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In this example, the statement
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1/$null
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was executed. $null is treated like zero in integer expressions, causing a division-byzero exception to occur. When this happens, control transfers to the statement list in the body of the trap statement. In this case, it just writes Got it! which we see in the output. We also see that the error message is still displayed, even though we
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trap keyword Type of exception to catch (may be omitted)
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trap { }
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[<exceptionType >] <statementList > Body of the trap statement
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Figure 9.1 The syntax of the trap statement
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DEALING WITH ERRORS THAT TERMINATE EXECUTION
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trapped this exception. This is a significant point. What happens after a trap handler is complete depends on how the statement terminates. If the body of the statement simply exits normally then an error object will be written to the error stream, and, depending on the setting of $ErrorActionPreference, either the exception will be rethrown or execution will continue at the statement after the statement that caused the exception. This is what we saw in the previous example. To make this point clearer, let s add another statement after the one that caused the error:
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PS (2) > trap { "Got it!" } 1/$zero; "LAST" Got it! Attempted to divide by zero. At line:1 char:22 + trap { "Got it!" } 1/$ <<<< zero; "LAST" LAST
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We see the error message; but following it, we see output from the last statement. The interpreter s behavior after you leave the trap handler can be controlled by the break and continue keywords. (See chapter 6 for other uses of these keywords.) Let s look at break first. Here s the example again, but this time we ll terminate the trap block with break.
PS (3) > trap { "Got it!"; break } 1/$zero; "LAST" Got it! Attempted to divide by zero. At line:1 char:30 + trap { "Got it!"; break } 1/$ <<<< zero; "LAST"
We see the error record, but we don t see the output LAST because after the trap block exited, the error was rethrown as a terminating error instead of resuming execution. The other modification to the trap flow control is to use the continue statement.
PS (4) > trap { "Got it!"; continue Got it! LAST } 1/$zero; "LAST"
This time, we see the see the output from the trap block and from the LAST statement, but no error record. Exiting a trap block is approximately equivalent to the error action preference silently continue . There is one other feature available in the trap block itself. The exception that was trapped is available in the trap block in the $_ variable. Here s the example, but with the output of the trap statement showing the value in $_ as a string.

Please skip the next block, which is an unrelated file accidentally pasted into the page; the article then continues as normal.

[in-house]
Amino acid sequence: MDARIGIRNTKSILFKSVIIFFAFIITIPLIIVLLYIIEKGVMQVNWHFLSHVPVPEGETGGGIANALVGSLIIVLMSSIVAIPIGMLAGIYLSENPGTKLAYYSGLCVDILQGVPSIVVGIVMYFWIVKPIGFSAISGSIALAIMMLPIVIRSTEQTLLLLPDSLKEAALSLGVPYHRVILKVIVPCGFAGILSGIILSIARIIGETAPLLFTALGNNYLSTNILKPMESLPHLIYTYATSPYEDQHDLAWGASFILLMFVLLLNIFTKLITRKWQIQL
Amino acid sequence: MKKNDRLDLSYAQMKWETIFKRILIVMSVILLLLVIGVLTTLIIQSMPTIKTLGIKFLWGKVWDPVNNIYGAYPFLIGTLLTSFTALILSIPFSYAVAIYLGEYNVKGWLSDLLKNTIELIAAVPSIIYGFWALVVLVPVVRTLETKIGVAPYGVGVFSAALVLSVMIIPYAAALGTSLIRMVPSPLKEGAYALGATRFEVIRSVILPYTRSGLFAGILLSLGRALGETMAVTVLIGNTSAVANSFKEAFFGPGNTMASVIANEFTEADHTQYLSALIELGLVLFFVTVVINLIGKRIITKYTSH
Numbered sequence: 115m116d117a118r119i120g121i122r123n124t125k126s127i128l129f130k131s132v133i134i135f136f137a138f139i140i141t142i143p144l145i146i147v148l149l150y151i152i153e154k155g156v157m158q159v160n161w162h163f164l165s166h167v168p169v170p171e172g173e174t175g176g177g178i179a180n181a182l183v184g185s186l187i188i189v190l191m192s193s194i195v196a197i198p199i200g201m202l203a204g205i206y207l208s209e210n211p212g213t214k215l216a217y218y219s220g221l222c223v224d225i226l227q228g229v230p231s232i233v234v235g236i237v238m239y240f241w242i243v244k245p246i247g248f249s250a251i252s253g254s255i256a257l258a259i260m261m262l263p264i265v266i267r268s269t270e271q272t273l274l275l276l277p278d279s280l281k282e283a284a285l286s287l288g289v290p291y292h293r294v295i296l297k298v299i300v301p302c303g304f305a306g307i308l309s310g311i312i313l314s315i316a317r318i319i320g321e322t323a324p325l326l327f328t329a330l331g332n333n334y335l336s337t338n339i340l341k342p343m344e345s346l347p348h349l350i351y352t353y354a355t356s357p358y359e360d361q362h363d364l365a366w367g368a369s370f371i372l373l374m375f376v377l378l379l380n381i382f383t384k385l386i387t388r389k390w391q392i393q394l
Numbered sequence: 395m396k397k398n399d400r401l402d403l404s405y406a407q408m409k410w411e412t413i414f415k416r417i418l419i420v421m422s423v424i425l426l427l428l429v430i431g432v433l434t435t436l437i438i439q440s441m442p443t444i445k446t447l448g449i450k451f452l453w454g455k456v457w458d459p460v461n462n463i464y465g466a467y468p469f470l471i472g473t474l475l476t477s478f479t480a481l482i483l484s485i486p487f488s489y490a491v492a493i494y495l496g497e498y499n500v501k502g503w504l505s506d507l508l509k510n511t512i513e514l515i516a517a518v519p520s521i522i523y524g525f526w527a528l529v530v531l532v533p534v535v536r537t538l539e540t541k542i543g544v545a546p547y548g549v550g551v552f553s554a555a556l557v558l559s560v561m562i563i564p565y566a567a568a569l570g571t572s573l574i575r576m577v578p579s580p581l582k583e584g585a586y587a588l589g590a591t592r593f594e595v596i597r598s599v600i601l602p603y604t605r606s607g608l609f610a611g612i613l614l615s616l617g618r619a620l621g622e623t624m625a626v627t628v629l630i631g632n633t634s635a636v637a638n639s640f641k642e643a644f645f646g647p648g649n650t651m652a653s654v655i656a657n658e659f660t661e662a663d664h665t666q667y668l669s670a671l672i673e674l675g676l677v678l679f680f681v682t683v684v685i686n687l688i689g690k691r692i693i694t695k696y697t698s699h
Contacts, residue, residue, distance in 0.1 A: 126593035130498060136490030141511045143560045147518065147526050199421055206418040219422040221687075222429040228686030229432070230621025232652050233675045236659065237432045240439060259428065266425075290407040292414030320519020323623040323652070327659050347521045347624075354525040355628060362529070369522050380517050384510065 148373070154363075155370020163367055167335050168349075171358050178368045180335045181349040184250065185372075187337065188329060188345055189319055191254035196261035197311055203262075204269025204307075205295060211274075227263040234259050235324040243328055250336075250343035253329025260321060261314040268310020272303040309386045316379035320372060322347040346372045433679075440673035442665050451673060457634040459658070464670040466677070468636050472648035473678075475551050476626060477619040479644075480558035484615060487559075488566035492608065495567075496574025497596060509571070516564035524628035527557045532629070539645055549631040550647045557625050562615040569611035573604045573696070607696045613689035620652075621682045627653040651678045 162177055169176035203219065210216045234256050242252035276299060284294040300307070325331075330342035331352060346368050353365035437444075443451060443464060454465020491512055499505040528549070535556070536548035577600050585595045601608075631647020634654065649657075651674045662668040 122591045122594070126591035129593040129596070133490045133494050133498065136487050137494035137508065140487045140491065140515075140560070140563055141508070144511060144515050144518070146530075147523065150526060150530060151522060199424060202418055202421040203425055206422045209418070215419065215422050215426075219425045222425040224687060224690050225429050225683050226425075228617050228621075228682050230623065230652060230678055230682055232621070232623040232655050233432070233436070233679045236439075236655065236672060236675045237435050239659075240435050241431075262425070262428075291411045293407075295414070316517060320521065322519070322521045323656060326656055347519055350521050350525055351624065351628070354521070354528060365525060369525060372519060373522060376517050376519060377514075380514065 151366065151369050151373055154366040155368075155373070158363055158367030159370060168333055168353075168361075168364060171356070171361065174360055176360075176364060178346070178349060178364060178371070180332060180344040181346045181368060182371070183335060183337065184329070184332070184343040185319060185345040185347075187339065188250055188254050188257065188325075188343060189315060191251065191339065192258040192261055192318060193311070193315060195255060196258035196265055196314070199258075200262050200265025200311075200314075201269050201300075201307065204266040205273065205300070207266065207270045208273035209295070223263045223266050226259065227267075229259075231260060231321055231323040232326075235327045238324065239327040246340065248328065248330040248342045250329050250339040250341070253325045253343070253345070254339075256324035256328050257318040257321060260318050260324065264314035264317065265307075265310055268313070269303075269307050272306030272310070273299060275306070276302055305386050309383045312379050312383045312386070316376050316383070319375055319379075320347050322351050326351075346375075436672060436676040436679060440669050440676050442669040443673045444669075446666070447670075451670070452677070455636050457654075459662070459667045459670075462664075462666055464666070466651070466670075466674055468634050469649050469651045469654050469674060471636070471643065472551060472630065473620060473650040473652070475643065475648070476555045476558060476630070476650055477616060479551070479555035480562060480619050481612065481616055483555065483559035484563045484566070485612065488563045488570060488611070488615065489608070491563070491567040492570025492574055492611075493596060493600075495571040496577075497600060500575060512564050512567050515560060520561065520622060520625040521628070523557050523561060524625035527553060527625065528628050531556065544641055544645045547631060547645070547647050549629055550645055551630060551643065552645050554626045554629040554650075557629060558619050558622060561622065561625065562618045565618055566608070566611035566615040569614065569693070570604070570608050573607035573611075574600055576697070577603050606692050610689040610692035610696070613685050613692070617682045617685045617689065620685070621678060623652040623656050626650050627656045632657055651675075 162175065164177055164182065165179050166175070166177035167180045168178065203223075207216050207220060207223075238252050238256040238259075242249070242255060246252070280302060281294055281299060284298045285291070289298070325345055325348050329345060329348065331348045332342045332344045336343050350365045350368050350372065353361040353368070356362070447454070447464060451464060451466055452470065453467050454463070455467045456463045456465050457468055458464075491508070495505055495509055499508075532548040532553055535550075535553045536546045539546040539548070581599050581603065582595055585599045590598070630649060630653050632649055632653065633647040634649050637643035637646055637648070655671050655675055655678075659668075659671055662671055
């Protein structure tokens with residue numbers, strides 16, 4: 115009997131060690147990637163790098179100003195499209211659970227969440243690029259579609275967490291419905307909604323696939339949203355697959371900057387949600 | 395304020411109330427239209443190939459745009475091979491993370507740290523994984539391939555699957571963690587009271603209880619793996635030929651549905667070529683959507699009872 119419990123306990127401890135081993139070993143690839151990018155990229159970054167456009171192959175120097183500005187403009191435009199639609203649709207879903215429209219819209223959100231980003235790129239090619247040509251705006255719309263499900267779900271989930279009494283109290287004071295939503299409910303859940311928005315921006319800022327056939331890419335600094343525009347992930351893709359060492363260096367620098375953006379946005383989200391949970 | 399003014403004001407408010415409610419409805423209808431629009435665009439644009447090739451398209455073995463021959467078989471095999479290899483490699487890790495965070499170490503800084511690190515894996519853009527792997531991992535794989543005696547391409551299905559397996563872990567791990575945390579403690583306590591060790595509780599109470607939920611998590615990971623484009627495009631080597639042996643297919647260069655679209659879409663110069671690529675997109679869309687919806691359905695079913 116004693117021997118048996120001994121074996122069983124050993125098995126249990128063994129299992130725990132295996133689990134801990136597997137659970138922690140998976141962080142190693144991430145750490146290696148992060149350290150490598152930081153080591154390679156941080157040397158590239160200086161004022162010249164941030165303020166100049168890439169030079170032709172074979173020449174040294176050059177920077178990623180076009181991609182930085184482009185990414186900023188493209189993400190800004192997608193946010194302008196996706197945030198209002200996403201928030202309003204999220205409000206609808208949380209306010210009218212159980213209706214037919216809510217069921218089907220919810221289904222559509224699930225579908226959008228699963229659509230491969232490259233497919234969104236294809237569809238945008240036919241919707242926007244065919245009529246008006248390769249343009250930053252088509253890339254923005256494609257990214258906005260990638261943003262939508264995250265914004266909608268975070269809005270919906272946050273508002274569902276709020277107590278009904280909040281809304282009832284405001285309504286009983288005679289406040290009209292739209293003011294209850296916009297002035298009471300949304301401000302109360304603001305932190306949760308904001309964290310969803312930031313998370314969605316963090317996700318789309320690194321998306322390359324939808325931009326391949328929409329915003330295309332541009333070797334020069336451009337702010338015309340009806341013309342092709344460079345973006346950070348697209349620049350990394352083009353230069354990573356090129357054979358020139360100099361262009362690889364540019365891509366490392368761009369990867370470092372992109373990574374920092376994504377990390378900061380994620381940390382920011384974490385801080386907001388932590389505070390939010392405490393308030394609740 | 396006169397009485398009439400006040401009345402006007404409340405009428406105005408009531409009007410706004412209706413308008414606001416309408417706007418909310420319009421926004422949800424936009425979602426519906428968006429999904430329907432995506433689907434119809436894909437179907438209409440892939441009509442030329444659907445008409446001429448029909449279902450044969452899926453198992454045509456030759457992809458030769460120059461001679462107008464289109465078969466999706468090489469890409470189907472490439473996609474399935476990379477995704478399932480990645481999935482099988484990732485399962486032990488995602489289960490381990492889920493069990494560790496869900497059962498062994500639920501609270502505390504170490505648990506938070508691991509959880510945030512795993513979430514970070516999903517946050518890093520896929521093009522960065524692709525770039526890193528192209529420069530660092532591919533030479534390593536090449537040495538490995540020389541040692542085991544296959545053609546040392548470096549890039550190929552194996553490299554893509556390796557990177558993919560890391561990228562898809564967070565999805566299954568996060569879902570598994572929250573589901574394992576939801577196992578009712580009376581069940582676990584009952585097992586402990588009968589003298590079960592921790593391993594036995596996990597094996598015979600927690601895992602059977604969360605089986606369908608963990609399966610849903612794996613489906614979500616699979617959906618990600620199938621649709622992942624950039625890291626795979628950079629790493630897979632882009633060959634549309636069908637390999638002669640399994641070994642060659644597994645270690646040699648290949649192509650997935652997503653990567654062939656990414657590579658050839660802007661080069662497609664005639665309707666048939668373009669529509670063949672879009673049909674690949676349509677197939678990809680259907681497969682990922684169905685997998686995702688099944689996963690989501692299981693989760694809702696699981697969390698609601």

PS (5) > trap { "Got it: $_"; continue Got it: Attempted to divide by zero. } 1/$zero;
In this case, the output is the ToString() of the exception. However, $_ is not an exception; it s an error record, so the trap handler has full access to all of the information in the error handler. Let s verify the type of this object.
ERRORS, EXCEPTIONS, AND SCRIPT DEBUGGING
PS (6) > trap { "Got it: " + $_.gettype(); continue Got it: System.Management.Automation.ErrorRecord
} 1/$zero;
In the trap block in this example, we re displaying the type of the value in $_. Let s look at a somewhat more complex example. We said earlier that control transfers to the next statement after the one that caused the exception. That s not quite true. It transfers to the next statement in the same scope as the trap statement. In this example, we ll use scriptblocks to create the two scopes.
PS (7) > &{ >> trap {"TRAP"}
Here s the trap block in the outer scope.
>> &{
Now create an inner scope that will emit a number of strings.
>> "one" >> "two" >> 1/$null
Part of the way through, throw an exception.
>> >> >> >> "three" "four" } "OUTERBLOCK"
Back in the output block, write out the string "OUTERBLOCK" so we ll see what s happening.
>> } >> one two TRAP Attempted to divide by zero. At line:6 char:3 + 1/$ <<<< null OUTERBLOCK
Look at the output that was produced. You can see the first couple of numbers printed and then the exception, but look where execution resumed at the first statement outside the block. This pattern allows you to skip entire sections of code instead of a single line. It essentially mimics the try/catch pattern found in other languages such as C#. Having mastered catching exceptions, let s look at how to throw our own.
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